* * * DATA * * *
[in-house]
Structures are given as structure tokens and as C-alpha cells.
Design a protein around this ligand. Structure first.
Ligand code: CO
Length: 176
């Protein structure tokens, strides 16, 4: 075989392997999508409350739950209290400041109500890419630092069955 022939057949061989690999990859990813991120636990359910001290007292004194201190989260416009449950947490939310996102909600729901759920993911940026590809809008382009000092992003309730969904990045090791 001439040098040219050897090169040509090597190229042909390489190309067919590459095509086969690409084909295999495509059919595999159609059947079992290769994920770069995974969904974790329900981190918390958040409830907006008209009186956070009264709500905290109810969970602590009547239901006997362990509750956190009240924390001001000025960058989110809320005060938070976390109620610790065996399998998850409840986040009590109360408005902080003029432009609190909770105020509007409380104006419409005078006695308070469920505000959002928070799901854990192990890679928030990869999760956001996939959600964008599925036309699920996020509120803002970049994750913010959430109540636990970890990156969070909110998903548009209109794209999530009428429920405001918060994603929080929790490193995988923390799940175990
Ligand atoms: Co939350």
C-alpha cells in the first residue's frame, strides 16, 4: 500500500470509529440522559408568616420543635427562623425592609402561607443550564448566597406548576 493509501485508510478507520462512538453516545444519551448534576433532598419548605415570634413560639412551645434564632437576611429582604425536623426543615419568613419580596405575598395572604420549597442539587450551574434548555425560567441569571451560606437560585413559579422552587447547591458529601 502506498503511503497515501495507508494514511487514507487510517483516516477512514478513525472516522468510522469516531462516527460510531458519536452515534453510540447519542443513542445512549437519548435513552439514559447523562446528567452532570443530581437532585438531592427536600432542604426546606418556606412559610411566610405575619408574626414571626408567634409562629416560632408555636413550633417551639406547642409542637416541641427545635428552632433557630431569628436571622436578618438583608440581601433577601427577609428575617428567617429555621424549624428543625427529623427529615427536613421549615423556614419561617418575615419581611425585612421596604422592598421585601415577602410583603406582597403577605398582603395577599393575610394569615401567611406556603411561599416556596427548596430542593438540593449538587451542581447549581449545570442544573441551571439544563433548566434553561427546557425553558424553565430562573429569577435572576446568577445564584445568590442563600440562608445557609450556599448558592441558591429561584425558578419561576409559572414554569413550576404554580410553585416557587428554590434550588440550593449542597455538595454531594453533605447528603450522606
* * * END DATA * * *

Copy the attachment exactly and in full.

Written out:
[in-house]
Structures are given as structure tokens and as C-alpha cells.
Design a protein around this ligand. Structure first.
Ligand code: CO
Length: 176
């Protein structure tokens, strides 16, 4: 075989392997999508409350739950209290400041109500890419630092069955 022939057949061989690999990859990813991120636990359910001290007292004194201190989260416009449950947490939310996102909600729901759920993911940026590809809008382009000092992003309730969904990045090791 001439040098040219050897090169040509090597190229042909390489190309067919590459095509086969690409084909295999495509059919595999159609059947079992290769994920770069995974969904974790329900981190918390958040409830907006008209009186956070009264709500905290109810969970602590009547239901006997362990509750956190009240924390001001000025960058989110809320005060938070976390109620610790065996399998998850409840986040009590109360408005902080003029432009609190909770105020509007409380104006419409005078006695308070469920505000959002928070799901854990192990890679928030990869999760956001996939959600964008599925036309699920996020509120803002970049994750913010959430109540636990970890990156969070909110998903548009209109794209999530009428429920405001918060994603929080929790490193995988923390799940175990
Ligand atoms: Co939350």
C-alpha cells in the first residue's frame, strides 16, 4: 500500500470509529440522559408568616420543635427562623425592609402561607443550564448566597406548576 493509501485508510478507520462512538453516545444519551448534576433532598419548605415570634413560639412551645434564632437576611429582604425536623426543615419568613419580596405575598395572604420549597442539587450551574434548555425560567441569571451560606437560585413559579422552587447547591458529601 502506498503511503497515501495507508494514511487514507487510517483516516477512514478513525472516522468510522469516531462516527460510531458519536452515534453510540447519542443513542445512549437519548435513552439514559447523562446528567452532570443530581437532585438531592427536600432542604426546606418556606412559610411566610405575619408574626414571626408567634409562629416560632408555636413550633417551639406547642409542637416541641427545635428552632433557630431569628436571622436578618438583608440581601433577601427577609428575617428567617429555621424549624428543625427529623427529615427536613421549615423556614419561617418575615419581611425585612421596604422592598421585601415577602410583603406582597403577605398582603395577599393575610394569615401567611406556603411561599416556596427548596430542593438540593449538587451542581447549581449545570442544573441551571439544563433548566434553561427546557425553558424553565430562573429569577435572576446568577445564584445568590442563600440562608445557609450556599448558592441558591429561584425558578419561576409559572414554569413550576404554580410553585416557587428554590434550588440550593449542597455538595454531594453533605447528603450522606